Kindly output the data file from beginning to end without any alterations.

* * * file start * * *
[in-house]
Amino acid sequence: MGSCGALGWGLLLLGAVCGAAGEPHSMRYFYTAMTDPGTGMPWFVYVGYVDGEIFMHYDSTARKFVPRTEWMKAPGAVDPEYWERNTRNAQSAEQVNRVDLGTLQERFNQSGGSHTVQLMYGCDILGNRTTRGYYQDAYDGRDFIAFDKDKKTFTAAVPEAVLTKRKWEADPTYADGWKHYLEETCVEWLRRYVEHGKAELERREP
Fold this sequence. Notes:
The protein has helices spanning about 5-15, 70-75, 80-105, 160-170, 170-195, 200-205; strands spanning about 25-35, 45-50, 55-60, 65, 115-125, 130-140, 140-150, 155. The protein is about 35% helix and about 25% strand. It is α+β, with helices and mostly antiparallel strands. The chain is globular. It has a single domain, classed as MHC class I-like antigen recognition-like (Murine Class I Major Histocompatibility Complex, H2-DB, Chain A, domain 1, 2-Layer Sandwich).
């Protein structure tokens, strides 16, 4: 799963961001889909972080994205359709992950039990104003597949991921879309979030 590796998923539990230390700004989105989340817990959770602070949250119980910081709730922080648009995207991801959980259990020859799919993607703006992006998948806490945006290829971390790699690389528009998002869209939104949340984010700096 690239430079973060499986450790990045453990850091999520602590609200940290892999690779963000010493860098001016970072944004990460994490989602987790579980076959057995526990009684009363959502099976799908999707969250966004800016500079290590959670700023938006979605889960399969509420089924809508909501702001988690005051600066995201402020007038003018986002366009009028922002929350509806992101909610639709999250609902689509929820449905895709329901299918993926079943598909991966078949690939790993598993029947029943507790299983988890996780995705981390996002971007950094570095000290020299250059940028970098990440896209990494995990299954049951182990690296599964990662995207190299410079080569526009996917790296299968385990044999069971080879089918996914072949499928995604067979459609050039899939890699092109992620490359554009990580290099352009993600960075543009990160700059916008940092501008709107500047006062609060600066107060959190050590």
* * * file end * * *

[in-house]
Amino acid sequence: MGSCGALGWGLLLLGAVCGAAGEPHSMRYFYTAMTDPGTGMPWFVYVGYVDGEIFMHYDSTARKFVPRTEWMKAPGAVDPEYWERNTRNAQSAEQVNRVDLGTLQERFNQSGGSHTVQLMYGCDILGNRTTRGYYQDAYDGRDFIAFDKDKKTFTAAVPEAVLTKRKWEADPTYADGWKHYLEETCVEWLRRYVEHGKAELERREP
Fold this sequence. Notes:
The protein has helices spanning about 5-15, 70-75, 80-105, 160-170, 170-195, 200-205; strands spanning about 25-35, 45-50, 55-60, 65, 115-125, 130-140, 140-150, 155. The protein is about 35% helix and about 25% strand. It is α+β, with helices and mostly antiparallel strands. The chain is globular. It has a single domain, classed as MHC class I-like antigen recognition-like (Murine Class I Major Histocompatibility Complex, H2-DB, Chain A, domain 1, 2-Layer Sandwich).
């Protein structure tokens, strides 16, 4: 799963961001889909972080994205359709992950039990104003597949991921879309979030 590796998923539990230390700004989105989340817990959770602070949250119980910081709730922080648009995207991801959980259990020859799919993607703006992006998948806490945006290829971390790699690389528009998002869209939104949340984010700096 690239430079973060499986450790990045453990850091999520602590609200940290892999690779963000010493860098001016970072944004990460994490989602987790579980076959057995526990009684009363959502099976799908999707969250966004800016500079290590959670700023938006979605889960399969509420089924809508909501702001988690005051600066995201402020007038003018986002366009009028922002929350509806992101909610639709999250609902689509929820449905895709329901299918993926079943598909991966078949690939790993598993029947029943507790299983988890996780995705981390996002971007950094570095000290020299250059940028970098990440896209990494995990299954049951182990690296599964990662995207190299410079080569526009996917790296299968385990044999069971080879089918996914072949499928995604067979459609050039899939890699092109992620490359554009990580290099352009993600960075543009990160700059916008940092501008709107500047006062609060600066107060959190050590």